Lightning in a Bottle

I’ve spent the day rereading through Squidi’s A Modest Destiny.

Now, Squidi’s has gotten a lot of flak for various things in the past, but the comic itself is, in my opinion, a pretty damn good one. Pixel based art that is quality – expressive and interesting and diverse characters, backgrounds and scenes. That’s not easily done, and a lot of people overlook the quality simply due to the medium alone.

Even more than that, it is a good story with good characters. Sometimes it falls into formula – but one that fits smoothly within the essentially video-game RPG world it has set up for itself. It works, and I was glad to have the comic return, because the story really dig grab me up and leave me eager to see how it all ends.

It’s not a perfect comic, admittedly, but there are no really glaring problems that leap out of the page at me.

…well, ok. Maybe just one.

See, he has trouble writing the crazy.

Now, I’ll be the first to admit that madness is a damn hard element to capture in a character. Convincingly showing someone as crazy is never and easy task. Sure, some can pull it off on a regular basis, but that’s usually the product of a powerfully intense and creative mind.

And I am willing to allow him some leeway, because he isn’t just arbitrarily throwing in a crazy dude for shits and giggles. The crazy dude in A Modest Destiny is a combination of victim and plot device – there is both legitimate reason for his insanity in character, and deliberate use of it to further the story.

Ok, um... sure.Unfortunately Squidi has trouble with, well… portraying the madness. The only way he can think of to do so is through the same fail-safe most people fall back upon – random gibberish.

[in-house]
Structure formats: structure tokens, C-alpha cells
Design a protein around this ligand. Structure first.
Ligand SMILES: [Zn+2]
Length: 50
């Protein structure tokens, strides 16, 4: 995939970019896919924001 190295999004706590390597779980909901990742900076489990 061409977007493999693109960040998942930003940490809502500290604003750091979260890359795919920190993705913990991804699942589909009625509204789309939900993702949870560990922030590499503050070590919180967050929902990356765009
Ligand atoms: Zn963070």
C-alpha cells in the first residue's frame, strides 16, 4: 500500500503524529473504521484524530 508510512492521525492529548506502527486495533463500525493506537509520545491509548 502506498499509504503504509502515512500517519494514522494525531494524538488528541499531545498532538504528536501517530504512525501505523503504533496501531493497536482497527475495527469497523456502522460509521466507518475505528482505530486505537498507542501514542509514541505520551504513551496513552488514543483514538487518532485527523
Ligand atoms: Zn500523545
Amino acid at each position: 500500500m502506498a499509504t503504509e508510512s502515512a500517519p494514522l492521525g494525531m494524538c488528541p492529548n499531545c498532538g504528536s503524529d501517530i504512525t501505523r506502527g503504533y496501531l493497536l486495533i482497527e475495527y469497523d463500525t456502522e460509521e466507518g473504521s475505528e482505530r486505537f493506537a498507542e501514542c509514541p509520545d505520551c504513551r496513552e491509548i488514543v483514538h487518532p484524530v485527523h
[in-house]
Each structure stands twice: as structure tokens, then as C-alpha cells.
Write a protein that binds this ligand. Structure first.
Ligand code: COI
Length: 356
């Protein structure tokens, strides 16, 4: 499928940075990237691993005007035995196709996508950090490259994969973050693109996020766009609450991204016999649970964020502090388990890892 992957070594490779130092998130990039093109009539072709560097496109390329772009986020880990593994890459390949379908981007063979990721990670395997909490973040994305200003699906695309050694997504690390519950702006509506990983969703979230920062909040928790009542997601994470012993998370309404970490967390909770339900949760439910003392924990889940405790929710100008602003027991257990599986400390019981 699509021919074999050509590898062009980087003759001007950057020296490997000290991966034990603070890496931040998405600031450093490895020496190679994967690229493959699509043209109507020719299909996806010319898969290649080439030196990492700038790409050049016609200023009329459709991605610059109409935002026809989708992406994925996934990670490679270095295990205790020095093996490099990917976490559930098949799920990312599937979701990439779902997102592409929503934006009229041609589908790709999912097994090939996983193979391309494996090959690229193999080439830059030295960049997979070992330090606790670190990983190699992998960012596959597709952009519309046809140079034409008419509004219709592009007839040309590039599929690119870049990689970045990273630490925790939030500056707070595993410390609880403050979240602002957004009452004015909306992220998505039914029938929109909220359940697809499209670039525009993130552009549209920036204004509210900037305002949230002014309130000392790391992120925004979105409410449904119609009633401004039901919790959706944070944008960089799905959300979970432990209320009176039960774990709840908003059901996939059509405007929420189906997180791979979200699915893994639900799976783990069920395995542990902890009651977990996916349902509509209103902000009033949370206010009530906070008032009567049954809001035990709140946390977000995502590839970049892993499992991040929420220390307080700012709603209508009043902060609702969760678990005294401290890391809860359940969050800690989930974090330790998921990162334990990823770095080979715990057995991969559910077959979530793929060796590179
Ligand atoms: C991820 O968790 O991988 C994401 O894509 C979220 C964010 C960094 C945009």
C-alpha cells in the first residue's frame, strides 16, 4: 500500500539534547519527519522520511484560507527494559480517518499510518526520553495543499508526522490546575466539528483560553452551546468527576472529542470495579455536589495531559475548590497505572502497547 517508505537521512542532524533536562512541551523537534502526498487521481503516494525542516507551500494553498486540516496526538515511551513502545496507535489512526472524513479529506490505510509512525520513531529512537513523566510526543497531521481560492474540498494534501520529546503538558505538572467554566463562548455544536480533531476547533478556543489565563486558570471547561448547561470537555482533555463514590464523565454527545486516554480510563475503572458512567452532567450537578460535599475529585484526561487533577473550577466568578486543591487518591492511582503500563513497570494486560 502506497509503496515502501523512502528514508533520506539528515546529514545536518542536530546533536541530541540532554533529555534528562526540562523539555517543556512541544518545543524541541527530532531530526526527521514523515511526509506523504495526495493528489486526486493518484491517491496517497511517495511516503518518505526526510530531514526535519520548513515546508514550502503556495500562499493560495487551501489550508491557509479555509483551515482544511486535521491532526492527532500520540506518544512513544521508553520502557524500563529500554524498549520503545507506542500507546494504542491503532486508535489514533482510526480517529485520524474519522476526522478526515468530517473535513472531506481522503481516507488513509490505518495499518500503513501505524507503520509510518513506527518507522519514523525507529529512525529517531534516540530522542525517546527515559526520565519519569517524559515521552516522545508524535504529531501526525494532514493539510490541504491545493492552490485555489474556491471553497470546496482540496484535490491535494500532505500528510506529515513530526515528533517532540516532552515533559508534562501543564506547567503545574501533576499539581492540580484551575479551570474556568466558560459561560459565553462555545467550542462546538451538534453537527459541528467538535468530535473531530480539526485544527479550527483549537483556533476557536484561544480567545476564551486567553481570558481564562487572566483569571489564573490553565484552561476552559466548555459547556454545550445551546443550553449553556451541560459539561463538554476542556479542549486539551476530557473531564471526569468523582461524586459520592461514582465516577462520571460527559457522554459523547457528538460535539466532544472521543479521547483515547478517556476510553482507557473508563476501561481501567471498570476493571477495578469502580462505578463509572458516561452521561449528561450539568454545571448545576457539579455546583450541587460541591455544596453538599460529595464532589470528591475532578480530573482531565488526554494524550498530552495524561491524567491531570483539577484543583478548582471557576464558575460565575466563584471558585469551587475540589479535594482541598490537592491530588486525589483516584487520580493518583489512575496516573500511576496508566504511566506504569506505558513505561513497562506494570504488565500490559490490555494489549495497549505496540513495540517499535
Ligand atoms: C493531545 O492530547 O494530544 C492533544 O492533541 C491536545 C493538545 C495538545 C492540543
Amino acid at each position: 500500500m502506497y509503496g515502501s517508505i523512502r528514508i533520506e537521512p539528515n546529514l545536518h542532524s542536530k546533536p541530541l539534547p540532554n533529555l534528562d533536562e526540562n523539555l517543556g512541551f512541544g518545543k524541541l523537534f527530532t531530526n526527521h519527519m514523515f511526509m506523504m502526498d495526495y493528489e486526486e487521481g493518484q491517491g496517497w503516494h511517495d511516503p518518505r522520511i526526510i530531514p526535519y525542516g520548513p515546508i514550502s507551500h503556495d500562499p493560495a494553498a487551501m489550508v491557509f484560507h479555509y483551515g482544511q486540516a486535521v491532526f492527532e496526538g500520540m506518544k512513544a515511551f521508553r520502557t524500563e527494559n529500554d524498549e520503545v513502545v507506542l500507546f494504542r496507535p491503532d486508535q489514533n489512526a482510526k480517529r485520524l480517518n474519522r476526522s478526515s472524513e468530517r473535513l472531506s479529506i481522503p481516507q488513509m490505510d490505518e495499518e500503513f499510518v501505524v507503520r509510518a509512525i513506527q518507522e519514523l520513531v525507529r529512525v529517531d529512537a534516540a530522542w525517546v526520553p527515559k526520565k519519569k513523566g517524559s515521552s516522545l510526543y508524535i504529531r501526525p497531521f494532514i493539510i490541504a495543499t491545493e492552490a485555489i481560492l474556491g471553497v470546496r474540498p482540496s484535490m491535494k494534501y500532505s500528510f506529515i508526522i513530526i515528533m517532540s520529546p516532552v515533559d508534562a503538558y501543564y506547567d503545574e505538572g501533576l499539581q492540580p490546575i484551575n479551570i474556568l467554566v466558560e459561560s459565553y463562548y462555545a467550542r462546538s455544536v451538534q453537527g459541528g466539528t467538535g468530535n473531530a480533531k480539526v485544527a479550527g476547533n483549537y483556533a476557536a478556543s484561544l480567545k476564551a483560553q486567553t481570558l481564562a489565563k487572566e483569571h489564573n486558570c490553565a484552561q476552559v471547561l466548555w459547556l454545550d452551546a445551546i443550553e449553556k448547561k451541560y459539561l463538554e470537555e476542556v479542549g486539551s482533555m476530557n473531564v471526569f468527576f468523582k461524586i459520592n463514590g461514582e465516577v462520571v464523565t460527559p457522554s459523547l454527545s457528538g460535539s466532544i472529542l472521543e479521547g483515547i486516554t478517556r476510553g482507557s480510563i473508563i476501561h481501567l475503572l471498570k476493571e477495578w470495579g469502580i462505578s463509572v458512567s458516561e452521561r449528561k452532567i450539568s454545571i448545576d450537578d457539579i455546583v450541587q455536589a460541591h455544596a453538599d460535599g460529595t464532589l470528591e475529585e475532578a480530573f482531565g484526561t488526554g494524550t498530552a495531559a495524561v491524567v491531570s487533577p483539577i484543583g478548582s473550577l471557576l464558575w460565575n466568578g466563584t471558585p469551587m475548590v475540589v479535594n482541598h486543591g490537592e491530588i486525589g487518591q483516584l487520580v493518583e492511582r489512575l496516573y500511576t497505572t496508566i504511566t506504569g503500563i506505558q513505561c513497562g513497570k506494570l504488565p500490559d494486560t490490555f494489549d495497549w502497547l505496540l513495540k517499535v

Now it might just be me. I mean, sure, there are crazy people in real life do just say random crap all the time. I am not an expert in that field, but it is not an entirely illegitimate portrayal of some varieties of insanity.

But nonetheless! It doesn’t work for me. It feels forced, it feels arbitrary… it feels lazy. Rather than try for convincing dialogue, the artist just puts in words. Any words, any topics, any concept that pops to mind. Bam! Cheese monsters devour Denver with perplexity! Done.

Now, I mentioned before that our good friend… Pippity Bobo… is occasionally used as a plot device. The old ‘crazy guys hears voices, and some of those voices say important things.’ A time honored tradition, really, and Squidi does a better job with it than the normal randomness. It still isn’t flawless, and often feels a little forced with his ‘cryptic advice’ – but I much prefer having a guy who clearly has something important to say, but is genuinely unable to directly say it. And is more frustrated by that his listeners. When it seems that he isn’t just speaking random words, when he is honestly trying to communicate as best he can, but is limited almost as much as if he was speaking another language entirely…

…well, that has context. That has a grounding in his setting, and his character, and his relationship with other characters. And it is that sort of context that makes madness something interesting.

So I’ve got hope that Squidi’s eccentric little madman will keep developing, and maybe find a bit more of a method in his madness. If not? Well… it’s just one character, and one irritation alone won’t break me out of the story.

And if he does pull it off? Then that’s more than worth the trouble getting to that point.

Madness is difficult to master, but if you can accurately portray that combination of disconnection and genius? Convincingly get into the mind of something that is a half-step to the left of our own mental workings, and then draw out that disruption for us all to see?

Then let me tell you – you’ve got it made.

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